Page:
And the follow-up question should be, “If Joe Biden wins in a state that you contest, are you also surrendering the wins your other candidates gain because you believe that the election was fraudulent?”

Elaine Edelman
East Brunswick, N.J.

The Case Against the Purebred

To the Editor:

Re “Has Dog Breeding Gone Too Far?,” by Alexandra Horowitz (Opinion guest essay, May 19):

Ms. Horowitz’s takedown of grotesque dog breeding practices is spot on. As People for the Ethical Treatment of Animals (PETA) has long said, “purebred” means “inbred.” Breeders not only exacerbate the animal overpopulation and homelessness crisis but — for profit and perceived “prestige” — also cost “purebred” dogs their health, happiness and even their lives.

Our nation’s shelters are overflowing with dogs in need of homes — purebreds and mutts alike. No one should be breeding more dogs of any type.

If you care about dogs, skip Westminster, breeders and pet stores and — when you are ready to welcome a dog to your family — adopt!

Daphna Nachminovitch
Norfolk, Va.
The writer is a senior vice president of the cruelty investigations department for PETA.

To the Editor:

Kudos to Alexandra Horowitz for shining a light on inbreeding among purebred dogs. With limited exceptions, most families don’t need a purebred canine companion. There are over three million dogs entering U.S. animal shelters each year.

With the lives of so many shelter dogs on the line, purchasing a purebred indicates an unnerving level of vanity and discrimination. Here’s to those who make adoption their first option and give a second chance to homeless dogs (and cats).

Evan Goldman
Fort Lauderdale, Fla.

Chatbot Therapy

To the Editor:

Re “Loneliness Is a Problem That A.I. Won’t Solve,” by Jessica Grose (Opinion,, May 18):

Ms. Grose’s recent piece on loneliness and A.I. raises crucial concerns about A.I.’s potential to replace human connection. As a law professor who has researched the intersection of mental health, technology and the law, I agree that we must be cautious about overrelying on A.I. for emotional support. However, I believe that the conversation needs to expand beyond loneliness to encompass the broader mental health crisis facing our country.

Anxiety and depression, not just loneliness, are widespread problems that the pandemic has exacerbated. My research has reported on how chatbots have demonstrated promise in delivering cognitive behavioral therapy to individuals struggling with these conditions. This is particularly significant given the shortage of mental health professionals and the barriers many people face in accessing traditional therapy, such as cost and stigma.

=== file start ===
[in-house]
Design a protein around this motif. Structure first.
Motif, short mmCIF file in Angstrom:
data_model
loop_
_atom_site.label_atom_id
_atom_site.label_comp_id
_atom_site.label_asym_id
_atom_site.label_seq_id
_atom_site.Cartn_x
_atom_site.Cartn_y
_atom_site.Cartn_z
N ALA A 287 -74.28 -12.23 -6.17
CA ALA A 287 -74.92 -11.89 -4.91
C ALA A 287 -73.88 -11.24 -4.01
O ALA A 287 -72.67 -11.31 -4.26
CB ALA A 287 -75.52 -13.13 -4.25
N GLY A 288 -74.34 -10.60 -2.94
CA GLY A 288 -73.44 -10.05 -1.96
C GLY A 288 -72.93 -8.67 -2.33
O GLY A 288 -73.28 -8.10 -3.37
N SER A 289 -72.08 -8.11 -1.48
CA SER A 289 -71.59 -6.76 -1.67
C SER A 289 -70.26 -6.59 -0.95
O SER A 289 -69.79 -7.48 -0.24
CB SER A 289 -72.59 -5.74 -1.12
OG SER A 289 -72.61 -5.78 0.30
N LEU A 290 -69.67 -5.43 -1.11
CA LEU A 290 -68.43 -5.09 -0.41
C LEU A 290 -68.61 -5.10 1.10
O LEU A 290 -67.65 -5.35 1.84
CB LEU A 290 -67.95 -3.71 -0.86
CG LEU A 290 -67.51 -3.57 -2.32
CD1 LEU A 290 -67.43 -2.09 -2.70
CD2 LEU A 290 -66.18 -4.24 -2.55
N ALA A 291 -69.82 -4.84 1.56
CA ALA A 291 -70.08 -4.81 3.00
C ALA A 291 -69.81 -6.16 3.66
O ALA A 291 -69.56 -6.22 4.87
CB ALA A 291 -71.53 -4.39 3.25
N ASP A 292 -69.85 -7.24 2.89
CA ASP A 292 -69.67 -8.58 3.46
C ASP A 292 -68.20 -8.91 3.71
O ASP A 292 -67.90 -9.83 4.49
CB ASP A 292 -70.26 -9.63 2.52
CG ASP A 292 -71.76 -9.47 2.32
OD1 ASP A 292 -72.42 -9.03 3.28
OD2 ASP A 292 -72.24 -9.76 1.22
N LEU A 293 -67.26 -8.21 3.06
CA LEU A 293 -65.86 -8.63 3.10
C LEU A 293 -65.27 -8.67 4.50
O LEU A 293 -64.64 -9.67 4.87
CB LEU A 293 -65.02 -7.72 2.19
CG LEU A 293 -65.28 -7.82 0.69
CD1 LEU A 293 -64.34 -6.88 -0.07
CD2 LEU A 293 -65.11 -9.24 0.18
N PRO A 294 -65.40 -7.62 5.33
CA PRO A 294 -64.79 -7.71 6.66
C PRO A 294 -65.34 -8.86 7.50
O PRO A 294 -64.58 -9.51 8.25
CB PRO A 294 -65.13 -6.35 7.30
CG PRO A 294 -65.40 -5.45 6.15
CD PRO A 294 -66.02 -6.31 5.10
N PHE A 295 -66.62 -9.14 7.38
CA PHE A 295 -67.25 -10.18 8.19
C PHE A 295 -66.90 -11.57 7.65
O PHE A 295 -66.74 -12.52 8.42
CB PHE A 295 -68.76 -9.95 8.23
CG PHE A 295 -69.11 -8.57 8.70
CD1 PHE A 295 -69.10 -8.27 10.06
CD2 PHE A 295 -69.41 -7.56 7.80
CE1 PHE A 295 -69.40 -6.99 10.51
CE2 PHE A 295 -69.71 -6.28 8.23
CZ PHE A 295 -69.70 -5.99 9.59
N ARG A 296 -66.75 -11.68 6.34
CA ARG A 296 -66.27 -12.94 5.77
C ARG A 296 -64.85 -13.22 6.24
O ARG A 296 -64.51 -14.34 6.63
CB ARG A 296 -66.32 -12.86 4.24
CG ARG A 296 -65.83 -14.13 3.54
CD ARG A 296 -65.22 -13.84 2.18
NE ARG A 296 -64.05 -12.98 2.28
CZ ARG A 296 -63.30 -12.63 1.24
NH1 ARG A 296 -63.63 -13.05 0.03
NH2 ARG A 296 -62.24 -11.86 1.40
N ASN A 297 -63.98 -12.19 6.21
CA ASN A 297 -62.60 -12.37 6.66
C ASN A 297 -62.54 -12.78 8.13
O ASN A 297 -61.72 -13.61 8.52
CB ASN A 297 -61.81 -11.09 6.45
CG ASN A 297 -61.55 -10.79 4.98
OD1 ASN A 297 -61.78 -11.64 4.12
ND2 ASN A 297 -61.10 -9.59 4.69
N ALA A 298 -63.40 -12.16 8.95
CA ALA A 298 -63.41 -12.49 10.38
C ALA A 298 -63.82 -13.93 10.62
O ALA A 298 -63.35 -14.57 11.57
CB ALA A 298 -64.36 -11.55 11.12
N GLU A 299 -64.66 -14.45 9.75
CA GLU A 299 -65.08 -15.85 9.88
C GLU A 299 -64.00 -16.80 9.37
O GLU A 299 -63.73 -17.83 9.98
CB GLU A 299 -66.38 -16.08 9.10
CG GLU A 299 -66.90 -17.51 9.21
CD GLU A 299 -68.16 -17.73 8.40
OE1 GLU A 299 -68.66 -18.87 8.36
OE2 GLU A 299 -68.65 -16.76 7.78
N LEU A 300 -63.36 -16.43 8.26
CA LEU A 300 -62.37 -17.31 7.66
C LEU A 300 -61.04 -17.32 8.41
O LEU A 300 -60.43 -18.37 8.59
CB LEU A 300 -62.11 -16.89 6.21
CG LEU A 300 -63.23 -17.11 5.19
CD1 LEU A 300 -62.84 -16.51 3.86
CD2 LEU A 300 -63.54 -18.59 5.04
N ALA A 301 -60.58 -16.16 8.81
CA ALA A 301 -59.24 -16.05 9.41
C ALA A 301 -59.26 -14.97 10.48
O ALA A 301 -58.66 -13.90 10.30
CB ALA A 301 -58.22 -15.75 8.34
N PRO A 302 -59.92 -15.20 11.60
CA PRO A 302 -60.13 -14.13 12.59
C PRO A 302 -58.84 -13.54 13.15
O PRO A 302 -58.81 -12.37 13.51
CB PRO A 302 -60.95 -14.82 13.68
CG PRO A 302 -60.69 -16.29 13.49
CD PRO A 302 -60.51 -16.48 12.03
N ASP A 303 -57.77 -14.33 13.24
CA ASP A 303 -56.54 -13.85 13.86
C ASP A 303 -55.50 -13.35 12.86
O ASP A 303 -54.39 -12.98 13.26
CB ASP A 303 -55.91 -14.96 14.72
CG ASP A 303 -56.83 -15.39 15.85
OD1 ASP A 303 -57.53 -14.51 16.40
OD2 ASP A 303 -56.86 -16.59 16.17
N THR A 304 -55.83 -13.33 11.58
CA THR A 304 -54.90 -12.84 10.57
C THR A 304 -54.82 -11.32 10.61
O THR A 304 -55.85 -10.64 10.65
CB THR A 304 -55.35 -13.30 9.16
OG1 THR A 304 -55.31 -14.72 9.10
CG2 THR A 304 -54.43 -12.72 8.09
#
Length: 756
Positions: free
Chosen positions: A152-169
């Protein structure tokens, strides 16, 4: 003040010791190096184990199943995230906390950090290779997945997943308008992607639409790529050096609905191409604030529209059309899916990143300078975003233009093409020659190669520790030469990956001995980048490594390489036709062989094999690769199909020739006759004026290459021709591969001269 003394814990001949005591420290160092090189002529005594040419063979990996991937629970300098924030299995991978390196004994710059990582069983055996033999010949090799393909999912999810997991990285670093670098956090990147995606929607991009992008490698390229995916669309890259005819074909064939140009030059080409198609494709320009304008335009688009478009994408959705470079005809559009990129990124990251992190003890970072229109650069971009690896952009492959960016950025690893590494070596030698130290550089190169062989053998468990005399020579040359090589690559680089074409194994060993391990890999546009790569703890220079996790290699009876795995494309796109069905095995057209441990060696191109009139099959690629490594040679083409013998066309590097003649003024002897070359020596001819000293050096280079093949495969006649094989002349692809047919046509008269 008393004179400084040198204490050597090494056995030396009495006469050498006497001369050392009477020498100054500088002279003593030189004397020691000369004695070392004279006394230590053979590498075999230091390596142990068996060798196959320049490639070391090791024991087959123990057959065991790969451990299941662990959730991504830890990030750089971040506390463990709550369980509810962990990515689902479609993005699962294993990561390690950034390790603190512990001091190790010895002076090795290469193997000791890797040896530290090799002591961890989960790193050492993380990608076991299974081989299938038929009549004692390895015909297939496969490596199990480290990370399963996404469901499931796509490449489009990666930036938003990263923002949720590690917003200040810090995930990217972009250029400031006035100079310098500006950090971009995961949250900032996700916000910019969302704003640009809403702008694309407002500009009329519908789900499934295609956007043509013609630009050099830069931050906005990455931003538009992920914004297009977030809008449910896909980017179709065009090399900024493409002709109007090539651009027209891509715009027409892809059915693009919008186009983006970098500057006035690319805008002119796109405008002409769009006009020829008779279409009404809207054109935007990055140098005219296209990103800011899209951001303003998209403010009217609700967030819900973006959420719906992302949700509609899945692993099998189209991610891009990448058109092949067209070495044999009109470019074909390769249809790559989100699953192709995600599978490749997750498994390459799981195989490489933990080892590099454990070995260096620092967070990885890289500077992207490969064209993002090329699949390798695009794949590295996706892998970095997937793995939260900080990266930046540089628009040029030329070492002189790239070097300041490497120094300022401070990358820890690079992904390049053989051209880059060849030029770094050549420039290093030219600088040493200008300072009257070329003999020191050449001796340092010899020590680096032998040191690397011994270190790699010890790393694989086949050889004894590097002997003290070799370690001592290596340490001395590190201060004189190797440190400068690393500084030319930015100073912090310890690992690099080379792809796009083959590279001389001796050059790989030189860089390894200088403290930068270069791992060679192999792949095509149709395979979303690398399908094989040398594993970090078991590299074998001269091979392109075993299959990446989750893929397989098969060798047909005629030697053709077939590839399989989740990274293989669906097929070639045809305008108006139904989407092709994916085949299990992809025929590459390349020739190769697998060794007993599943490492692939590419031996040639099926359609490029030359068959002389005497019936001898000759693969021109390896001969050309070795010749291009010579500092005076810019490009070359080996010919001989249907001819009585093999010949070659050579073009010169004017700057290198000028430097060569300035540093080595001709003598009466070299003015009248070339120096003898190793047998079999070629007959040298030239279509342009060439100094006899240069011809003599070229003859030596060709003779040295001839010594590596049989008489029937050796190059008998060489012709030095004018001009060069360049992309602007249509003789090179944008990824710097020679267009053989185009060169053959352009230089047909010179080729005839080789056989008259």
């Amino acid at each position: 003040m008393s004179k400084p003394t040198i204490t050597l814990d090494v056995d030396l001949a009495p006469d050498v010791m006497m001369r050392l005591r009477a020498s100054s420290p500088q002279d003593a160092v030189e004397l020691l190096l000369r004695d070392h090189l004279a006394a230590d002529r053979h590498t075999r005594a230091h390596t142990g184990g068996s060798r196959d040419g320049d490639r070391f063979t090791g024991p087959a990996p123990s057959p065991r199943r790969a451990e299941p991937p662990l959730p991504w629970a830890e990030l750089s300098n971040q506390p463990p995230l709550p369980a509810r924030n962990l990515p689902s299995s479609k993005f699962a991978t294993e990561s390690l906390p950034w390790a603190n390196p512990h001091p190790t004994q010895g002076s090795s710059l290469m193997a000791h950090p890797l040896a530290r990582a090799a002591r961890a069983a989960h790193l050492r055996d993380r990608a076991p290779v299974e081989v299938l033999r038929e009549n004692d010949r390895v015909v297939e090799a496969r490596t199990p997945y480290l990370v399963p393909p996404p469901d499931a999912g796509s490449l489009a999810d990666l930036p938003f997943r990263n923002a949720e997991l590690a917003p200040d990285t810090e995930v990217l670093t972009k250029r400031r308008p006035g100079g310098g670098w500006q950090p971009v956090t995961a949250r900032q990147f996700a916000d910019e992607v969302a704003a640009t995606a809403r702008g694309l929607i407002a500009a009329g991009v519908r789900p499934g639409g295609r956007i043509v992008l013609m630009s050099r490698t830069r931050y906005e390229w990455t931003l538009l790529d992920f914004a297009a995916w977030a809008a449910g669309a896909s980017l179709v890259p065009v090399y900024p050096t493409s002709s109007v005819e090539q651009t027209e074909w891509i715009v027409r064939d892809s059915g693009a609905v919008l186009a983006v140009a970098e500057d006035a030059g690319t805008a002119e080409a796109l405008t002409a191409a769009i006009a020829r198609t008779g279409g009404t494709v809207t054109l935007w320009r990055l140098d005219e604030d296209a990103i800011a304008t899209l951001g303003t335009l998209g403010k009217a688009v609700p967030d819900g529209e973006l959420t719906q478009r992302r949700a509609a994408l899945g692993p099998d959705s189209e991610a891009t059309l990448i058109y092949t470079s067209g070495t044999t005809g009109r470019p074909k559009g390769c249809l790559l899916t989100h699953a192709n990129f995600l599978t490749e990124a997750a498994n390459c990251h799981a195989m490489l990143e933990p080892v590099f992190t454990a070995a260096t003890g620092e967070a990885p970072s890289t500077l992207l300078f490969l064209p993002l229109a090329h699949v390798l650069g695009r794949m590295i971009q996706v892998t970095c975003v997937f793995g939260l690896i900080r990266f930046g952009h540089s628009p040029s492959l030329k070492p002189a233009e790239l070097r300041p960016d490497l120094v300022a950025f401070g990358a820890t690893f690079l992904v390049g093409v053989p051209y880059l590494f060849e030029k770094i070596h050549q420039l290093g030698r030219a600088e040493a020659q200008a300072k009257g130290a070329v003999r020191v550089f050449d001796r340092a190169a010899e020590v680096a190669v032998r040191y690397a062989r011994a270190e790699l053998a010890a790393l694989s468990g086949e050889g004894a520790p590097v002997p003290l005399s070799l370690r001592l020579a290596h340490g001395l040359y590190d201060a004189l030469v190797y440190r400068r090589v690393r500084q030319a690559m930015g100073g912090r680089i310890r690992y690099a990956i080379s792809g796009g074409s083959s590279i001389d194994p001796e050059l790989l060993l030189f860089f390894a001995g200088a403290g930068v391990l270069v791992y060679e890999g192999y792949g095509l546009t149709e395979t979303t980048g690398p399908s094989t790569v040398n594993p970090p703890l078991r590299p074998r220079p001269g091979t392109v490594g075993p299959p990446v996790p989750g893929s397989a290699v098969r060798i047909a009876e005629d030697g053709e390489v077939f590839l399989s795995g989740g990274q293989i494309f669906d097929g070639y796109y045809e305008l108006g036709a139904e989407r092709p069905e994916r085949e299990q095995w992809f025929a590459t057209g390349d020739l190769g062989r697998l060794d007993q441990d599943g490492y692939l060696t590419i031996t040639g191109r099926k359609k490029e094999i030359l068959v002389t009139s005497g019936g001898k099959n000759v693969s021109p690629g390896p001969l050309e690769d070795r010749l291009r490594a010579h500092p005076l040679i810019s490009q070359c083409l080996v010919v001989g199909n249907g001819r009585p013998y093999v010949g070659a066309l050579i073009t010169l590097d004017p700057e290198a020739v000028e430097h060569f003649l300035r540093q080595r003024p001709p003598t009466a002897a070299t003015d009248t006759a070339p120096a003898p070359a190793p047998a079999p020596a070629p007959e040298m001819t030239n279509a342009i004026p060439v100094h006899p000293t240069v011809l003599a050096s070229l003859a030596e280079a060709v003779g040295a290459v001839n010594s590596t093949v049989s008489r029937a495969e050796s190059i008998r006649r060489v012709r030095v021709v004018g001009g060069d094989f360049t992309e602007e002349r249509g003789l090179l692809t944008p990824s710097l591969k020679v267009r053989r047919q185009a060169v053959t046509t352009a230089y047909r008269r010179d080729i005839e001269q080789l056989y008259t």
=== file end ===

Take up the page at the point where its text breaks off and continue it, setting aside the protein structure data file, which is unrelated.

In fact, some individuals may feel more comfortable discussing sensitive issues with a chatbot because of the technology’s perceived anonymity and lack of judgment. While A.I. is not a panacea for mental health, it’s essential to recognize its potential to complement existing treatments and reach those who might otherwise go untreated.

We must remain of two minds about A.I. — acknowledging its potential to help us, while also remaining vigilant about its limitations and the importance of preserving genuine human connection.

Michael Mattioli
Bloomington, Ind.
The writer is a professor of law at Indiana University.

Criticism of Israel

To the Editor:

Re “School Leaders Struggle With Antisemitism Issues” (news article, May 16):

It is disturbing to read that expressing criticism of Israel’s actions in Gaza in a classroom is automatically described as antisemitic. Israel is a political entity like any other. It should be acceptable to criticize its actions publicly, as one might criticize any other country for attacking civilians for months on end.

No one would deny a country the right to respond to a horrific attack on its people, as occurred on Oct. 7. Israel’s response, however, has been disproportionate, and teachers and students have a right to say so."

Linda Nathanson
Brookline, Mass.

Opinion | Justices’ ‘Disturbing’ Ruling in South Carolina Gerrymandering Case - The New York Times